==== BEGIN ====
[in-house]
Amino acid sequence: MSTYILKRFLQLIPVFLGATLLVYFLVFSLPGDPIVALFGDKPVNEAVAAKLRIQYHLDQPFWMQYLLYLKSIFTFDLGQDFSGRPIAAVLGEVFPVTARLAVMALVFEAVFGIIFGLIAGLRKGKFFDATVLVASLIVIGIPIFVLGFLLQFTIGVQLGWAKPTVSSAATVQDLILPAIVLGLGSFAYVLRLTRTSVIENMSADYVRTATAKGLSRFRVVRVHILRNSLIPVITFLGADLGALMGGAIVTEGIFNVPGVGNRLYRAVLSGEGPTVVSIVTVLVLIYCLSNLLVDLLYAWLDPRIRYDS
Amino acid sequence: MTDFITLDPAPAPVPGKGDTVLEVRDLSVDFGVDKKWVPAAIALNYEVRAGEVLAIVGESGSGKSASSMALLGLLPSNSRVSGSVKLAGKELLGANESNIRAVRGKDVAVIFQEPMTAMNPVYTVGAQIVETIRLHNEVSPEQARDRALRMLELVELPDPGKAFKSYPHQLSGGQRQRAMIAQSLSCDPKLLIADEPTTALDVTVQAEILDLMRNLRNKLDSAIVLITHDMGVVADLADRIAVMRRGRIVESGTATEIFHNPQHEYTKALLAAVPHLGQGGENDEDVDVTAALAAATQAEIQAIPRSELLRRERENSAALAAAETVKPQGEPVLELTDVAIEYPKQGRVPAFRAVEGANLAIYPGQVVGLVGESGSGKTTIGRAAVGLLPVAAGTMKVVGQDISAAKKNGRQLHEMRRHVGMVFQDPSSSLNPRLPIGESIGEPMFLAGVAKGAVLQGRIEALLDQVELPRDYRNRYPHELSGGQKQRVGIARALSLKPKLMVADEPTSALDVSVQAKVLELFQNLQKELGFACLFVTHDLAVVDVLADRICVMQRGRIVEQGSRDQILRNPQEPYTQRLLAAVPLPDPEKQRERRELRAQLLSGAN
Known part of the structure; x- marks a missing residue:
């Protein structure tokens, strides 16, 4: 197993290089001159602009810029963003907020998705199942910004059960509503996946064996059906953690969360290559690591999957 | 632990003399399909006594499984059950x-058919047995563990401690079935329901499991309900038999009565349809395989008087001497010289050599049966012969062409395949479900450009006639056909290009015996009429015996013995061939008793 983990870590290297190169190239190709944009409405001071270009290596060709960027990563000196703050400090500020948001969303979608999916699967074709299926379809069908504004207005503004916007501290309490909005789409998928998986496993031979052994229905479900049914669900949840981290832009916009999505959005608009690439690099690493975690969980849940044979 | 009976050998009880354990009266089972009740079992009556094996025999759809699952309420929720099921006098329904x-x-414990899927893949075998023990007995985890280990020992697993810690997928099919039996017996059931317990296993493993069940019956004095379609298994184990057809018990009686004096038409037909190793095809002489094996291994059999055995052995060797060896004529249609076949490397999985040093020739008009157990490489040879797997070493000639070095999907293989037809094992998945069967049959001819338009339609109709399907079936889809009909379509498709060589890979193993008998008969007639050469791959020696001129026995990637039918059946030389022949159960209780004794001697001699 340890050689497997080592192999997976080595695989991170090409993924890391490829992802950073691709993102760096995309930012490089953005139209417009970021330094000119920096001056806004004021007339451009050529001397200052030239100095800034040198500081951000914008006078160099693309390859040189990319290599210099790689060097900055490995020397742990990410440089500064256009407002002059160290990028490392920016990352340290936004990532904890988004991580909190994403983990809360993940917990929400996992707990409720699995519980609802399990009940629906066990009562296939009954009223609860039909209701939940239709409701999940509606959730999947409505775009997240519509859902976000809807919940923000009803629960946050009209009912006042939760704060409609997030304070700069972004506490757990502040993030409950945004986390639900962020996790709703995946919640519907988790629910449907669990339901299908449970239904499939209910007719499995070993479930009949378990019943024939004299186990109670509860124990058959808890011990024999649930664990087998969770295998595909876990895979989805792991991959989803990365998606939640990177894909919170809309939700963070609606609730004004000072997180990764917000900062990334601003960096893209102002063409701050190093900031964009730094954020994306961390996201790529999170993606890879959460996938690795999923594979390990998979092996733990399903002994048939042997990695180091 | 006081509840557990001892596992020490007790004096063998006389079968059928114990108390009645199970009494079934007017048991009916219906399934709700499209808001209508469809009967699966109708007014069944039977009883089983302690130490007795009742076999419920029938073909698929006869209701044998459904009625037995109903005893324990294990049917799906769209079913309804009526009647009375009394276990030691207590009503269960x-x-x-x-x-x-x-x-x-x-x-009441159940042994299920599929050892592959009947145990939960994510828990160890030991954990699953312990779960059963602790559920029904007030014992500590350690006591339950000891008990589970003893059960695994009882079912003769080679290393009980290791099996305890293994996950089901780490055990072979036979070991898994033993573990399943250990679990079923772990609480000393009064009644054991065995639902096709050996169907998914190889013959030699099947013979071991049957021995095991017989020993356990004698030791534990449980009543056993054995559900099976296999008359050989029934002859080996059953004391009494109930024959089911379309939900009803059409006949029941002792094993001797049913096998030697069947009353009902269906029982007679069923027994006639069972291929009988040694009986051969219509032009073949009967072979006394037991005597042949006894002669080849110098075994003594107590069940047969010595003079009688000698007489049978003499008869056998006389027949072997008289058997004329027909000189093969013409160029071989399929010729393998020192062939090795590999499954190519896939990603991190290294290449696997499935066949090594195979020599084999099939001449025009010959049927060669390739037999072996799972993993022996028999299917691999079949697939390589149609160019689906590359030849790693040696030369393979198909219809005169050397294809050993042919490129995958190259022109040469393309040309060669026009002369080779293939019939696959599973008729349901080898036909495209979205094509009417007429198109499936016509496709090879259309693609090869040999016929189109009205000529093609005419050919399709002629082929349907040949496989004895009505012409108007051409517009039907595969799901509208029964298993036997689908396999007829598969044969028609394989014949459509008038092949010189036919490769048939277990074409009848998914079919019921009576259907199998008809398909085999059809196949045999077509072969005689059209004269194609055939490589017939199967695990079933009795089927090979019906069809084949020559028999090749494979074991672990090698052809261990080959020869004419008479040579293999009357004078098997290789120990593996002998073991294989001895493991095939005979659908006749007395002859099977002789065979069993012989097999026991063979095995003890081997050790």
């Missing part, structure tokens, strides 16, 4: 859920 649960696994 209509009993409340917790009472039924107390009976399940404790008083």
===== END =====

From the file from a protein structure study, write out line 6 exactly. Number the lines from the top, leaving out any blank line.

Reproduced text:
């Missing part, structure tokens, strides 16, 4: 859920 649960696994 209509009993409340917790009472039924107390009976399940404790008083």